ALLEN LEE V. TICKETMASTER L.L.C., No. 19-15673 (9th Cir. 2020)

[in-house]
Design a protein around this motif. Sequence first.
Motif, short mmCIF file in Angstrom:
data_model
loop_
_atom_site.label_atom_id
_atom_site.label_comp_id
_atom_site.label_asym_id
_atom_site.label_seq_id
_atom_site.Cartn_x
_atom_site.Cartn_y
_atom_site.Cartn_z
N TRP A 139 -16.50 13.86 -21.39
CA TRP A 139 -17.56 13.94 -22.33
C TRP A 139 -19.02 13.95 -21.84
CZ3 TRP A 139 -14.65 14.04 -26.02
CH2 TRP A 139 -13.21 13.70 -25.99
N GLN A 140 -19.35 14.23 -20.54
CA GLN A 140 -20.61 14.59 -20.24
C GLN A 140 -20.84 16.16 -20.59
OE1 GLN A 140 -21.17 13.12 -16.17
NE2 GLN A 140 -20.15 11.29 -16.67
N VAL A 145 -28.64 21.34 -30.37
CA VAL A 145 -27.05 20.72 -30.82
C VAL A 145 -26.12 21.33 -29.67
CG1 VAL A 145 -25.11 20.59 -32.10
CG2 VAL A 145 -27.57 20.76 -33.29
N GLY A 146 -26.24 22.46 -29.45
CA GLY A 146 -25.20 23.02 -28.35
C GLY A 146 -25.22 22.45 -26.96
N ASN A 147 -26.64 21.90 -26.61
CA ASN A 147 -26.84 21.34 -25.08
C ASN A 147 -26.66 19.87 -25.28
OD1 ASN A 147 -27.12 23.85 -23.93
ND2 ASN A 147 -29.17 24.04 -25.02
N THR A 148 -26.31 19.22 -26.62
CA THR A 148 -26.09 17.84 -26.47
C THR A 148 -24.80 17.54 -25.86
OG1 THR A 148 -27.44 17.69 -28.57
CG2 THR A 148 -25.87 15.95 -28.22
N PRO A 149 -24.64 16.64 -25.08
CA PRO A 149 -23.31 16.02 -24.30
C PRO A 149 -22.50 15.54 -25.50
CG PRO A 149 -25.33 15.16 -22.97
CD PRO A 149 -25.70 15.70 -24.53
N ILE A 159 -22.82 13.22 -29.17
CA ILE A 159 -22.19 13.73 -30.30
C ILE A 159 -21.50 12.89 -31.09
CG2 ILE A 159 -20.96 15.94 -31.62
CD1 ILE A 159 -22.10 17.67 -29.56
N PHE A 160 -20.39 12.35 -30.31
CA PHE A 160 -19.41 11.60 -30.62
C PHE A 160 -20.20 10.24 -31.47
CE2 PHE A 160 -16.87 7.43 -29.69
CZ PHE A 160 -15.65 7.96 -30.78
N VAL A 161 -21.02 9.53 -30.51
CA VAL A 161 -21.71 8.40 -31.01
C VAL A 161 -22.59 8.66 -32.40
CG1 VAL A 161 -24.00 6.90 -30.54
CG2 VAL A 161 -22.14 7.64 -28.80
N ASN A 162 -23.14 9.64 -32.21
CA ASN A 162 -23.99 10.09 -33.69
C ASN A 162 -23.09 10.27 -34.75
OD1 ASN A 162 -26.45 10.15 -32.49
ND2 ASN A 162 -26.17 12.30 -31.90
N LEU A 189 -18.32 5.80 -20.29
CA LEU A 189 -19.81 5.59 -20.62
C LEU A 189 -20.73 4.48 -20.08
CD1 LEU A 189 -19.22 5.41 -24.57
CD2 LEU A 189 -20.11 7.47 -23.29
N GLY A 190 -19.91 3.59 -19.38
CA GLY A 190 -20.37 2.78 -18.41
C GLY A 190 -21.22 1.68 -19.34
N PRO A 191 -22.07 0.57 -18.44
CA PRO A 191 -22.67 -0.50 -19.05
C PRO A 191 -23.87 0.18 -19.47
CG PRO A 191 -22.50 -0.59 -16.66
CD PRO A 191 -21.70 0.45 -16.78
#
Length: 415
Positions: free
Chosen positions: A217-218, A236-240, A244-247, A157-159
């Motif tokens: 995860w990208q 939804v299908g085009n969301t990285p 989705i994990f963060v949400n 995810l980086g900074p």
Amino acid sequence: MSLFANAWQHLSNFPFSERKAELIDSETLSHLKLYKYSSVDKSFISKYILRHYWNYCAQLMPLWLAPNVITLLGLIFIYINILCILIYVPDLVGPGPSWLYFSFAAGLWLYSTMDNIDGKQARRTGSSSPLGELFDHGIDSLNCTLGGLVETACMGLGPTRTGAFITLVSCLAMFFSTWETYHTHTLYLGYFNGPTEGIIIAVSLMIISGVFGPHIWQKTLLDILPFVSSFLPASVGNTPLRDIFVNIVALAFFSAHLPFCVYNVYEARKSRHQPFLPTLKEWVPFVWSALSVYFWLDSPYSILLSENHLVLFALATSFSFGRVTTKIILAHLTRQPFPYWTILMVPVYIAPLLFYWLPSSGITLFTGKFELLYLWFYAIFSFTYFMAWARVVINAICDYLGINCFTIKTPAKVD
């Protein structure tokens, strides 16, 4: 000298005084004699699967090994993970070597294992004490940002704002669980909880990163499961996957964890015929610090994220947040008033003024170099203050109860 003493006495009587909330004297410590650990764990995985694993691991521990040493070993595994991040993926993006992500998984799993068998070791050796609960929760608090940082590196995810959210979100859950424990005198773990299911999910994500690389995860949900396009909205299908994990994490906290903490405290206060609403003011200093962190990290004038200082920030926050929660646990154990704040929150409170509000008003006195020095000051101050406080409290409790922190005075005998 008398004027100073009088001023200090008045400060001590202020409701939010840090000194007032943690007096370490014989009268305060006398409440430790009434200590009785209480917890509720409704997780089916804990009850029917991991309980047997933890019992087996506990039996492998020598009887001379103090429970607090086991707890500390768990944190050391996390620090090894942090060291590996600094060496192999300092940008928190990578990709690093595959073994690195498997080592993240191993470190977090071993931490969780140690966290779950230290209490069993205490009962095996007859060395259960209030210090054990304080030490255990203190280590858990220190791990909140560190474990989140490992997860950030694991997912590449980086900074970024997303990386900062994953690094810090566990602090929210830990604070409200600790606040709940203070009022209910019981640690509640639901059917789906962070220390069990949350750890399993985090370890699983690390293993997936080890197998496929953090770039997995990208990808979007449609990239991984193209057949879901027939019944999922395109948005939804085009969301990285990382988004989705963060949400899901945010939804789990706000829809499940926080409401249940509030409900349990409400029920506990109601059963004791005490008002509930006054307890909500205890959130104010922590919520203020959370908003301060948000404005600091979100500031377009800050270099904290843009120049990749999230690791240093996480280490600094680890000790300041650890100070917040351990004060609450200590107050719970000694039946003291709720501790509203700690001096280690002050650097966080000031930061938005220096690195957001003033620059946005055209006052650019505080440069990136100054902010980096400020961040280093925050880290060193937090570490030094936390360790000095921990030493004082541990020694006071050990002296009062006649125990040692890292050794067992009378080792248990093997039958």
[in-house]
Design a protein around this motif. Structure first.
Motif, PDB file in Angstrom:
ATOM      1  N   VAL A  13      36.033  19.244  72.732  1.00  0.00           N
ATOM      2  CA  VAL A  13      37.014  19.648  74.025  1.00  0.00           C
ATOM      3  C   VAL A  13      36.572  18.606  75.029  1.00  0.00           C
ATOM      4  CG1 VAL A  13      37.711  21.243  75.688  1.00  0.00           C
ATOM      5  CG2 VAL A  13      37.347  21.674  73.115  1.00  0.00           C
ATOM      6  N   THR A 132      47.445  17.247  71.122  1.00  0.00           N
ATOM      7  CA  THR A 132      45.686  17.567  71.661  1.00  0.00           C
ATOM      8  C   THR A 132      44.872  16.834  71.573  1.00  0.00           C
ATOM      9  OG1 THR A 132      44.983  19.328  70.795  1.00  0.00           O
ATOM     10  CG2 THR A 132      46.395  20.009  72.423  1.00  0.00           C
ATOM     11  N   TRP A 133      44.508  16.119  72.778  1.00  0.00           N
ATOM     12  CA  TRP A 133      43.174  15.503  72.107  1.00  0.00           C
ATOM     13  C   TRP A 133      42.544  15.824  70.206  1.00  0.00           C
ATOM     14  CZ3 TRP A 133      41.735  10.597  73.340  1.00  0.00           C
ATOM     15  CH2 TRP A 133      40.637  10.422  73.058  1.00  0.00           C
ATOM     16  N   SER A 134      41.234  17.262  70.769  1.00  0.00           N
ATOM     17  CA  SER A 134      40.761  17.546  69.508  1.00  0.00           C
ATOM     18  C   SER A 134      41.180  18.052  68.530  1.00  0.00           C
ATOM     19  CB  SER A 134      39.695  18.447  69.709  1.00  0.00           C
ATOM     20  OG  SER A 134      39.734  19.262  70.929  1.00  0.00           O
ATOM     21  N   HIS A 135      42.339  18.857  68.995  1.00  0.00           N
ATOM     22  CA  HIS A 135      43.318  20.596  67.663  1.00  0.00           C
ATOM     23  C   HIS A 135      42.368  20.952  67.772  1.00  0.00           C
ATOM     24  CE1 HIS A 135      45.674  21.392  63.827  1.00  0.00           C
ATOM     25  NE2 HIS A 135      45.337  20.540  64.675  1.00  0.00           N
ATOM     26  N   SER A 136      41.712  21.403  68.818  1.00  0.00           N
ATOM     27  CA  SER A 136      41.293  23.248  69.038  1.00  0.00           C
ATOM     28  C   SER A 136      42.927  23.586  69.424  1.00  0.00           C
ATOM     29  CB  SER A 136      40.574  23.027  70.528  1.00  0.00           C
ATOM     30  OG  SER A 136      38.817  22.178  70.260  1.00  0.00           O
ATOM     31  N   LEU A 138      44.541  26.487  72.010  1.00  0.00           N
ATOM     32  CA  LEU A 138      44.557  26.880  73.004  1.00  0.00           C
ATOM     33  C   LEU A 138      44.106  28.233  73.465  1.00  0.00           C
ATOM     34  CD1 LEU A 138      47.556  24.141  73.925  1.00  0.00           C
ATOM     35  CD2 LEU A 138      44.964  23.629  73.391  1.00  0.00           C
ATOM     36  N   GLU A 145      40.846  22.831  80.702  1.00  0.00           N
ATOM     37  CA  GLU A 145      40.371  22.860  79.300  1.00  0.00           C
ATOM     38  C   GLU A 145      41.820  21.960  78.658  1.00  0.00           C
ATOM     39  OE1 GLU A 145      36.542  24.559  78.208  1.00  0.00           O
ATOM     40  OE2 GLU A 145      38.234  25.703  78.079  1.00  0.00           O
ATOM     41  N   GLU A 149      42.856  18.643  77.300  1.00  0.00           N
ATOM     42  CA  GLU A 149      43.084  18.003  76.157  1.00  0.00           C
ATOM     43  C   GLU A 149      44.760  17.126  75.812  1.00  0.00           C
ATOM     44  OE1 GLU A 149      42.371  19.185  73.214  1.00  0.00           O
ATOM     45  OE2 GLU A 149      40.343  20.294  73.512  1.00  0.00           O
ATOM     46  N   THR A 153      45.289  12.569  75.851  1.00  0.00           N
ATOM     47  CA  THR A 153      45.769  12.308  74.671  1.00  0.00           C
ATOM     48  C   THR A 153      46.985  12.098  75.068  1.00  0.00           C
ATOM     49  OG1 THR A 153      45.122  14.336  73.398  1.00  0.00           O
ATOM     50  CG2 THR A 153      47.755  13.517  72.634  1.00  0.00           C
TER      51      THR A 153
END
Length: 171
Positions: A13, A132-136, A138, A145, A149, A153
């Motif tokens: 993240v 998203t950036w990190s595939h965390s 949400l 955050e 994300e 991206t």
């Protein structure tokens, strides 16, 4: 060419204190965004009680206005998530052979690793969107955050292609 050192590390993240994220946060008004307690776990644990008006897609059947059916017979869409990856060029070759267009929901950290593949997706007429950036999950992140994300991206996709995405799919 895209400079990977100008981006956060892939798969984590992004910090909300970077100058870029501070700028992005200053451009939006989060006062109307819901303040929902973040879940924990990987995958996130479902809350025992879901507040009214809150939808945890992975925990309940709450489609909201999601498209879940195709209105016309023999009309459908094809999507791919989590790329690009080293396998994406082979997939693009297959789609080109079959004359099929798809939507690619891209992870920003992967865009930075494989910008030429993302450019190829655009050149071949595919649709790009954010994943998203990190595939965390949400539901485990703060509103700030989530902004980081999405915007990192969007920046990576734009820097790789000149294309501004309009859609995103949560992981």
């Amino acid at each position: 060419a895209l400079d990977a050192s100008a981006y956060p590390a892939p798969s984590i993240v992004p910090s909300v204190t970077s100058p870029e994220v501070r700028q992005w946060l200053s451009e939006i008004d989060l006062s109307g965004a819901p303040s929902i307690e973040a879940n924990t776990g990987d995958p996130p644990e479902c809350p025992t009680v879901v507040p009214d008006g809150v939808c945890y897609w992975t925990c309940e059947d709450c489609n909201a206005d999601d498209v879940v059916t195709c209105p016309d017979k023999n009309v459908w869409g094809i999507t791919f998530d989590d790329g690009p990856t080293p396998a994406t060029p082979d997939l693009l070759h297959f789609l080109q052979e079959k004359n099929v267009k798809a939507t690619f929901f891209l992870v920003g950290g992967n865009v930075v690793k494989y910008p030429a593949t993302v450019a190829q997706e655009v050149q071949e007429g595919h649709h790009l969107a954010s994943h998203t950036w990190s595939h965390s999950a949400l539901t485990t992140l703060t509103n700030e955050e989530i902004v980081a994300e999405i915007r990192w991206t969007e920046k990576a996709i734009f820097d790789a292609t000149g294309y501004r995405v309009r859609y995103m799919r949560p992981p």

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FILED NOT FOR PUBLICATION UNITED STATES COURT OF APPEALS JUN 12 2020 MOLLY C. DWYER, CLERK U.S. COURT OF APPEALS FOR THE NINTH CIRCUIT ALLEN LEE, on behalf of himself and all others similarly situated, No. 19-15673 D.C. No. 3:18-cv-05987-VC Plaintiff-Appellant, MEMORANDUM* v. TICKETMASTER L.L.C., a Virginia corporation; LIVE NATION ENTERTAINMENT, INC., a Delaware corporation, Defendants-Appellees. Appeal from the United States District Court for the Northern District of California Vince Chhabria, District Judge, Presiding Submitted June 10, 2020** San Francisco, California Before: THOMAS, Chief Judge, and SCHROEDER and BUMATAY, Circuit Judges. * This disposition is not appropriate for publication and is not precedent except as provided by Ninth Circuit Rule 36-3. ** The panel unanimously concludes this case is suitable for decision without oral argument. See Fed. R. App. P. 34(a)(2). Plaintiff Allen Lee appeals the district court’s decision granting Defendant Ticketmaster’s motion to compel arbitration and dismissing Lee’s case. We have jurisdiction pursuant to 28 U.S.C. § 1291, and we affirm. Because the parties are familiar with the facts of this case, we need not recount them here. “We review a district judge’s order to compel arbitration de novo.” Casa del Caffe Vergnano S.P.A., v. ItalFlavors, LLC, 816 F.3d 1208, 1211 (9th Cir. 2016); see also Serafin v. Balco Props. Ltd., LLC, 185 Cal. Rptr. 3d 151, 173 (Ct. App. 2015) (“[When] there are no facts in dispute, the existence of a contract is a question we decide de novo.”). To determine “whether a valid arbitration agreement exists, federal courts ‘apply ordinary state-law principles that govern the formation of contracts.’” Nguyen v. Barnes & Noble Inc., 763 F.3d 1171, 1175 (9th Cir. 2014) (quoting First Options of Chicago, Inc. v. Kaplan, 514 U.S. 938, 944 (1995)).1 “While new commerce on the Internet has exposed courts to many new situations, it has not fundamentally changed the principles of contract.” Id. (quoting, Inc. v. Verio, Inc., 356 F.3d 393, 403 (2d Cir. 2004)). “One such principle is the requirement that ‘[m]utual manifestation of assent, whether by written or spoken word or by conduct, is the touchstone of contract.’” Id. (quoting Specht v. 1 The parties do not dispute that California law applies. 2 Netscape Commc’ns Corp., 306 F.3d 17, 29 (2d Cir. 2002)). Under California law, “[c]ourts must determine whether the outward manifestations of consent would lead a reasonable person to believe the offeree has assented to the agreement.” Knutson v. Sirius XM Radio, Inc., 771 F.3d 559, 565 (9th Cir. 2014) (citing Meyer v. Benko, 127 Cal. Rptr. 846 (1976)). When determining whether there is a binding agreement with respect to a website’s terms of use, courts often analyze Internet contracts in two groups: “clickwrap” agreements, “in which website users are required to click on an ‘I agree’ box after being presented with a list of the terms and conditions of use,” and “browsewrap” agreements, “where a website’s terms and conditions of use are generally posted on the website via a hyperlink at the bottom of the screen.” Nguyen, 763 F.3d at 1175–76. Although it is easier to find mutual assent in cases dealing with clickwrap agreements, the “validity of [a] browsewrap contract depends on whether the user has actual or constructive knowledge of a website’s terms and conditions.” Id. at 1176 (quoting Van Tassell v. United Mktg. Grp., LLC, 795 F. Supp. 2d 770, 790 (N.D. Ill. 2011)). We are “more willing to find the requisite notice for constructive assent where the browsewrap agreement resembles a clickwrap agreement—that is, where the user is required to affirmatively acknowledge the agreement before proceeding with the use of the website.” Id. 3 Likewise, “where the website contains an explicit textual notice that continued use will act as a manifestation of the user’s intent to be bound, courts have been more amenable to enforcing browsewrap agreements.” Id. at 1177. Ticketmaster’s Terms of Use do not constitute a browsewrap agreement because they are not merely posted on Ticketmaster’s website at the bottom of the screen. Although the Terms do not constitute a true pure-form clickwrap agreement as California courts have construed it (because Ticketmaster does not require users to click a separate box indicating that they agree to its Terms), Ticketmaster’s website provided sufficient notice for constructive assent, and therefore, there was a binding arbitration agreement between Lee and Ticketmaster. Lee validly assented to Ticketmaster’s Terms of Use, including the arbitration provision, each time he clicked the “Sign In” button when signing into his Ticketmaster account, where three lines below the button, the website displayed the phrase, “By continuing past this page, you agree to our Terms of Use,” as well as each time he clicked the “Place Order” button when placing an order for tickets, where directly above the button, the website displayed the phrase, “By clicking ‘Place Order,’ you agree to our Terms of Use,” where in both contexts, “Terms of Use” was displayed in blue font and contained a hyperlink to Ticketmaster’s 4 Terms. Thus, Ticketmaster’s website required users to “affirmatively acknowledge the agreement before proceeding,” id. at 1176, and “the website contain[ed] an explicit textual notice that continued use will act as a manifestation of the user’s intent to be bound,” id. at 1177. Lee “cannot avoid the terms of [the] contract on the ground that he . . . failed to read it before signing,” Marin Storage & Trucking, Inc. v. Benco Contracting & Eng’g, Inc., 89 Cal. App. 4th 1042, 1049 (Ct. App. 2001), especially when he “had a legitimate opportunity to review it,” Mohamed v. Uber Tech., Inc., 109 F. Supp. 3d 1185, 1198 (N.D. Cal. June 9, 2015), rev’d in part on other grounds, 848 F.3d 1201 (9th Cir. 2016). The fact that Lee indicated his assent to Ticketmaster’s Terms of Use roughly twenty times during the relevant period only reinforces that he had many such opportunities. Lee cites Douglas for the proposition that “[p]arties to a contract have no obligation to check the terms on a periodic basis to learn whether they have been changed by the other side.” Douglas v. U.S. Dist. Court for Cent. Dist. of California, 495 F.3d 1062, 1066 (9th Cir. 2007). But Douglas is inapposite because it considered factual circumstances in which the plaintiff assented only once to the terms of a single contract which was later modified by the opposing party without providing the plaintiff sufficient notice. Id. By contrast, here, Lee 5 affirmatively indicated his assent each time Ticketmaster presented him with an agreement.2 AFFIRMED. 2 The other cases cited by Lee are distinguishable on the same ground and, in any case, are not binding on this panel. See Rodman v. Safeway, Inc., 694 F. App’x 612 (9th Cir. 2017); Rodman v. Safeway, Inc., No. 11-cv-03003-JST, 2015 WL 604985, at *1, *11 (N.D. Cal. Feb. 12, 2015) (noting that “Class Members were presented with a clickwrap agreement at the time of their registration, [but] they were never presented with a subsequent clickwrap agreement asking them to consent to the revised [terms of service].”) (emphasis added); Daniel v. eBay, Inc., 319 F. Supp. 3d 505, 512 (D.D.C. July 26, 2018) (considering factual circumstances in which plaintiff assented to eBay’s User Agreement only once, thirteen years before eBay added an arbitration provision). 6